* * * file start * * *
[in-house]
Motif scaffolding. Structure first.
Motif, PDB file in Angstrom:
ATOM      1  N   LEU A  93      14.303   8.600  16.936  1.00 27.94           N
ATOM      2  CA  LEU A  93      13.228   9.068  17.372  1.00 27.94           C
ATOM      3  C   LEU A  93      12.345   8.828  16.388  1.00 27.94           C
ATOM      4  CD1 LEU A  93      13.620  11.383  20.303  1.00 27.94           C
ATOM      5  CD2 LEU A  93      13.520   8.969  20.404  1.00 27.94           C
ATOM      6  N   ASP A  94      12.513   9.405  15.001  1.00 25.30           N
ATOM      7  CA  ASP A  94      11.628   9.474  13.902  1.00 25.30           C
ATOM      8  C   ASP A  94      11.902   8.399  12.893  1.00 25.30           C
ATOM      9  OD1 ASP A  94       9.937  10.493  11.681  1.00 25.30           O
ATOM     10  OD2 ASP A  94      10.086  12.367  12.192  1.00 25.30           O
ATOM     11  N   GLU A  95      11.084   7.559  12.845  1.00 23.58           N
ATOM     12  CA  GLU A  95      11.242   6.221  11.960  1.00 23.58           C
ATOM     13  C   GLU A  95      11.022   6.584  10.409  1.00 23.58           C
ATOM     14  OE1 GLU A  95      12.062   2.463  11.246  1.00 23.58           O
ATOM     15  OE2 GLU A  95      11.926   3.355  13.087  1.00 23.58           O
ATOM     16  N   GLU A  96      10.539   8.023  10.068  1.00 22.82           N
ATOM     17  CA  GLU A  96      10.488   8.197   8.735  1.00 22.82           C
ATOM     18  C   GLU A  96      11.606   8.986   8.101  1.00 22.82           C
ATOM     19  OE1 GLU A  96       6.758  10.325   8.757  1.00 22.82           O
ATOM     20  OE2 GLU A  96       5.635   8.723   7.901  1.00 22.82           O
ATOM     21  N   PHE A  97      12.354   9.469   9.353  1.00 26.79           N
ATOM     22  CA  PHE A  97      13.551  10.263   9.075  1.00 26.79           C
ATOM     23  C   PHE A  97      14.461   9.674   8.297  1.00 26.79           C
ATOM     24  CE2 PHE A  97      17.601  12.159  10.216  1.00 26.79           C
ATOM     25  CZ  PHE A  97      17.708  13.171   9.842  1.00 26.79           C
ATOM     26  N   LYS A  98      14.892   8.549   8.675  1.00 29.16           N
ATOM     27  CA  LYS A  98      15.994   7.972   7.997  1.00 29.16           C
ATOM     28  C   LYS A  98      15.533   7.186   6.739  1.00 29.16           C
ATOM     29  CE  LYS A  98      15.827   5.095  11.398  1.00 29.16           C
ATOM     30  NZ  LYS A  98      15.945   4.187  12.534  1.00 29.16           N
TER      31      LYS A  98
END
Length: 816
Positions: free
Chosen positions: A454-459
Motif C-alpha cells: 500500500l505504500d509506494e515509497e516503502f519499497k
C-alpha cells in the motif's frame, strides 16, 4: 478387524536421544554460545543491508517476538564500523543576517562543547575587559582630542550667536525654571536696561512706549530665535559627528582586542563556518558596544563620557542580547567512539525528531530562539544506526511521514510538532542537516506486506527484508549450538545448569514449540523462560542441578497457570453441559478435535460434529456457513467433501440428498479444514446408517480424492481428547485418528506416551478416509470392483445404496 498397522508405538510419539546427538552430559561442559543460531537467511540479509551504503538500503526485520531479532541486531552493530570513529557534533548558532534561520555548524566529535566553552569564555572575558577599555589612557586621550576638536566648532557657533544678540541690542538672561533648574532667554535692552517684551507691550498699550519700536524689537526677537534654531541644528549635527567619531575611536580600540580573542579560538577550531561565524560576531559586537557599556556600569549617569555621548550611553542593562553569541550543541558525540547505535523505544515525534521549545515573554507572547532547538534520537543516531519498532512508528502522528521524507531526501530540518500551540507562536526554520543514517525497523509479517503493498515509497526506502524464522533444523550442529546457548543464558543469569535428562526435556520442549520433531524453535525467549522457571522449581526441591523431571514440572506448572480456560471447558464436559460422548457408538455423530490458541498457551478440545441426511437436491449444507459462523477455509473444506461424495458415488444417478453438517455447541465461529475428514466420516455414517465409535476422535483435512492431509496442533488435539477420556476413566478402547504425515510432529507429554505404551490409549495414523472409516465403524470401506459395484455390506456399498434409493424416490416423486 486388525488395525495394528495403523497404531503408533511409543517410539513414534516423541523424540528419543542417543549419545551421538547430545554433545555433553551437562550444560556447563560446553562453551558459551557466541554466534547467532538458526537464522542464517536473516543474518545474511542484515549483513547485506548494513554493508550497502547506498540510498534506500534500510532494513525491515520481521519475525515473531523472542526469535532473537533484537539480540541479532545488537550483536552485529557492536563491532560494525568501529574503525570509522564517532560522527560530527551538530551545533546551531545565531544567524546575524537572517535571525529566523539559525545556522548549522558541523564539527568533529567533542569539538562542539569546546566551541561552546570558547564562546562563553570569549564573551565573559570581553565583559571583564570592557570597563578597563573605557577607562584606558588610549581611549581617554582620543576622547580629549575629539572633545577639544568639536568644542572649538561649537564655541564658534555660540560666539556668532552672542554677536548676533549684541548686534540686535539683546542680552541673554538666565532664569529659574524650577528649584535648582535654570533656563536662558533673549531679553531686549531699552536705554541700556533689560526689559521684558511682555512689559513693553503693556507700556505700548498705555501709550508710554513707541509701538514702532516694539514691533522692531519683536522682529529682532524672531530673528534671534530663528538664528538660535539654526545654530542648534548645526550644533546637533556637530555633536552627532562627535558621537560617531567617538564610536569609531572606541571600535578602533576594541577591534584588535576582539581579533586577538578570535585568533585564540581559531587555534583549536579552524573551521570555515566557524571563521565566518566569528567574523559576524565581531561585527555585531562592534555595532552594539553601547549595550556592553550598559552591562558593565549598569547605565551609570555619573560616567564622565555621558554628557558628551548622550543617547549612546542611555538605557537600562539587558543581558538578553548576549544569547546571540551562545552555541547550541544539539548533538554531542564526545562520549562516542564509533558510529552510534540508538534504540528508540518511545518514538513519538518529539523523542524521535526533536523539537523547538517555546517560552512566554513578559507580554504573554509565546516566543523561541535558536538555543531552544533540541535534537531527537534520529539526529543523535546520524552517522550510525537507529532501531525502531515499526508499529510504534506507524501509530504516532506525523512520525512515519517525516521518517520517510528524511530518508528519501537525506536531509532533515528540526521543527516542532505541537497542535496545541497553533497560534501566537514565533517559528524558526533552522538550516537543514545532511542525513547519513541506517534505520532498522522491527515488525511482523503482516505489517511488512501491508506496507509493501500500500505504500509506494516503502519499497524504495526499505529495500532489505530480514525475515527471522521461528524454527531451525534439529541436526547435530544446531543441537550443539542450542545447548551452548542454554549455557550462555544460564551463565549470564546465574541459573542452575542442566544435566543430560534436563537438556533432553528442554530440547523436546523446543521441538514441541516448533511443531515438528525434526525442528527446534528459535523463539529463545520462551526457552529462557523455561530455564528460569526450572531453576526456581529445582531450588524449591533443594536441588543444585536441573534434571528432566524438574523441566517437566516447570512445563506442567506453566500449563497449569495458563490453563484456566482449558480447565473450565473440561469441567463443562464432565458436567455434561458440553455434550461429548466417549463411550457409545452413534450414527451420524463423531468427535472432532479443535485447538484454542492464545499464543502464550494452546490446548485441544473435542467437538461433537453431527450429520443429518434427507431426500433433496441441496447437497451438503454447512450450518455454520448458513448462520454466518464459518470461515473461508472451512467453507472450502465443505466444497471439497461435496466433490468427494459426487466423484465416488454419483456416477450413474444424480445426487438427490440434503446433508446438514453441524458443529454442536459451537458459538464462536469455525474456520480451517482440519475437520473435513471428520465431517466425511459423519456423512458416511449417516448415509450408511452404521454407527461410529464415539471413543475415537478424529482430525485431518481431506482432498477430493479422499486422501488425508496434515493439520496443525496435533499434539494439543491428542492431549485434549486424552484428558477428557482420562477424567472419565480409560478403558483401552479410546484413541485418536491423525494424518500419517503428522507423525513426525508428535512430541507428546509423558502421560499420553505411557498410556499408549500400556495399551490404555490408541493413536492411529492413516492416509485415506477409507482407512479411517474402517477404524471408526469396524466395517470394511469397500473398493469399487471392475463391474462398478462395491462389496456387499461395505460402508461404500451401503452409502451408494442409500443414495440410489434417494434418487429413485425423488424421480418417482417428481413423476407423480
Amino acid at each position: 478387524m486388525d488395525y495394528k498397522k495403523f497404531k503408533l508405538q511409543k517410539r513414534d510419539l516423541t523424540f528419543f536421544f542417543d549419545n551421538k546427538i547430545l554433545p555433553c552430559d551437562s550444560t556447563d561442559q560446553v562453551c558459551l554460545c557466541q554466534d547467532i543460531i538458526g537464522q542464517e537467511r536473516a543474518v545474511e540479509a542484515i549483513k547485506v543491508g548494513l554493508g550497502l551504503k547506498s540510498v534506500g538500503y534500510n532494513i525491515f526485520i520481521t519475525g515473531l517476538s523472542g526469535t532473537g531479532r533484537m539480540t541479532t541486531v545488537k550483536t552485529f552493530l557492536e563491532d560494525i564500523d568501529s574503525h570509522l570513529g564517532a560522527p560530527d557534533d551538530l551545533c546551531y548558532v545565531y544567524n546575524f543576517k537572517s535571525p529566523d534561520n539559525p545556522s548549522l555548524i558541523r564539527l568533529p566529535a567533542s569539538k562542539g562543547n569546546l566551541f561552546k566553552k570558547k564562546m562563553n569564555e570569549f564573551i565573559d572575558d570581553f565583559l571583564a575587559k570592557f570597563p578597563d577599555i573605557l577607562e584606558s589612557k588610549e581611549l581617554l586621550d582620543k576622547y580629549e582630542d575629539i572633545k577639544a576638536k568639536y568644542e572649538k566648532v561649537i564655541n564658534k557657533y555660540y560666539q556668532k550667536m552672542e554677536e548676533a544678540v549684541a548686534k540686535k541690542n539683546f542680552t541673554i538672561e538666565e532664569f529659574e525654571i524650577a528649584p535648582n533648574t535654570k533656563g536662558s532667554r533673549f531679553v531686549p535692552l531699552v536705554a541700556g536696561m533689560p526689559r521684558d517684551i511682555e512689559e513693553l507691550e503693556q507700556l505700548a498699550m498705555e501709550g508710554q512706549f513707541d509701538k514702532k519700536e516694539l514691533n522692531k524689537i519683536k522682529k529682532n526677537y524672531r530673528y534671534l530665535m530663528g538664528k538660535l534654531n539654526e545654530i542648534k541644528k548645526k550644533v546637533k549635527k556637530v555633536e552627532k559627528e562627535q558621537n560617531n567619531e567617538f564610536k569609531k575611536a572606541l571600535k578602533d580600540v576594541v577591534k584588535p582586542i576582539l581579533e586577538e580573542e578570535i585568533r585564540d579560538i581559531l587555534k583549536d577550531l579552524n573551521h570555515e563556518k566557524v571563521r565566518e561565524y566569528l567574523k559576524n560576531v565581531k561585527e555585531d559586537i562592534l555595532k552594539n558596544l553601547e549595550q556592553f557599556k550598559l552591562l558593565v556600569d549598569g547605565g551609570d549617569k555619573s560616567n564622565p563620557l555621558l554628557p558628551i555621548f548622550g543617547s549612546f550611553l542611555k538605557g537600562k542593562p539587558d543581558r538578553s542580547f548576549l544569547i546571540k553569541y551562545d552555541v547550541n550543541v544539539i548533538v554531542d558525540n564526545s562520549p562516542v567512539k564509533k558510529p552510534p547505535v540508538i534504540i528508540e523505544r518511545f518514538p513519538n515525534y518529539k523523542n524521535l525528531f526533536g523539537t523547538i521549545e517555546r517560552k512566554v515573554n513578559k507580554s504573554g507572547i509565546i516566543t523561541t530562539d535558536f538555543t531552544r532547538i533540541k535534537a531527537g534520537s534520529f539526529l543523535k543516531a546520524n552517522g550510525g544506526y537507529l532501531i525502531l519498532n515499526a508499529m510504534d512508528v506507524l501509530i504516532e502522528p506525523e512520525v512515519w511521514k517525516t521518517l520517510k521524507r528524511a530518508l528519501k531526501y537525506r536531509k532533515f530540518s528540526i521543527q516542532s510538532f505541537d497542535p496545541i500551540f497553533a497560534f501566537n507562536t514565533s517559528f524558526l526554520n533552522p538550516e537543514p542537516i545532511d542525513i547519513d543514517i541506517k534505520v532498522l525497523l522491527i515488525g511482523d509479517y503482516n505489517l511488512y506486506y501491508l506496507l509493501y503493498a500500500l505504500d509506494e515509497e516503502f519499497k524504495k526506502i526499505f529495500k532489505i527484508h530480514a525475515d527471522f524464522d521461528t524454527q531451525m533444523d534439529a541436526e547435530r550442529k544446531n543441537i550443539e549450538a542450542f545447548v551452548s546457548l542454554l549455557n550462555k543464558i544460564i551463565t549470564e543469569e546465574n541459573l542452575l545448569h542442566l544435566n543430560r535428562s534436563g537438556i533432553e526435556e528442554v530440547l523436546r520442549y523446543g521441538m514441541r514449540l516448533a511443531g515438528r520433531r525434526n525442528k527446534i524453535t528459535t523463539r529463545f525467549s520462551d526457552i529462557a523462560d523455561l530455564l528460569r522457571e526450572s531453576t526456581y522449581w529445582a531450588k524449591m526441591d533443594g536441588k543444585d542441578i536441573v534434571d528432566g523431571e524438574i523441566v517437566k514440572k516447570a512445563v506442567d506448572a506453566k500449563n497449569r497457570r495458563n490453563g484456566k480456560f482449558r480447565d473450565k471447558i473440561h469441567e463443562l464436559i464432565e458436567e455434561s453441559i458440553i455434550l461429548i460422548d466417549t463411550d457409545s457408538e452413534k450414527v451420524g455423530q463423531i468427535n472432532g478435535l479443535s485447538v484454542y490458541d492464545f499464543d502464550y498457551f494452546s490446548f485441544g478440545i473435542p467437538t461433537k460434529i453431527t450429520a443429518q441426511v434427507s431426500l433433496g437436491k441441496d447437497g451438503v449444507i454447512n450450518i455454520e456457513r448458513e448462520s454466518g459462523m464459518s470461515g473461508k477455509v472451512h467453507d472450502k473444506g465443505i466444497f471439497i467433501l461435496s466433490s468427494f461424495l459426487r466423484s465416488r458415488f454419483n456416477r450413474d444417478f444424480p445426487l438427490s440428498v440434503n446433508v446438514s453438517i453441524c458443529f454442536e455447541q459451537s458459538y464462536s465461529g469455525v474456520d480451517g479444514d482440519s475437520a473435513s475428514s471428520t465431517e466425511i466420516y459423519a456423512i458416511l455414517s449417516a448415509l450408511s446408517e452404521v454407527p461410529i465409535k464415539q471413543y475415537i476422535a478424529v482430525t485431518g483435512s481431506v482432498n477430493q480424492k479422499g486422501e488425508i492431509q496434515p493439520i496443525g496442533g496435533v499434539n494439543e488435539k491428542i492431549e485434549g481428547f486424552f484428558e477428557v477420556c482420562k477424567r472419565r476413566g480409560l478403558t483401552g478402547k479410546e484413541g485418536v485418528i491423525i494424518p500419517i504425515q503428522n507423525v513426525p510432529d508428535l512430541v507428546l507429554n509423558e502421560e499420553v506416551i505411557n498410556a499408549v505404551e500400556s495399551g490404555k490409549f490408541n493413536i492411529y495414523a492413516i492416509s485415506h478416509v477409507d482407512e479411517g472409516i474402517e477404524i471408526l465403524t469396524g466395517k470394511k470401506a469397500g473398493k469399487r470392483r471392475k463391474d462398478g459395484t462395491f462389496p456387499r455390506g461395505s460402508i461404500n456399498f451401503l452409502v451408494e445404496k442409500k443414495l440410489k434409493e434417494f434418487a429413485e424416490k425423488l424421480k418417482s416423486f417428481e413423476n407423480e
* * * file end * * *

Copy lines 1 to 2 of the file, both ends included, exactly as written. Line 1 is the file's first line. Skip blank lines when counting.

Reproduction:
[in-house]
Motif scaffolding. Structure first.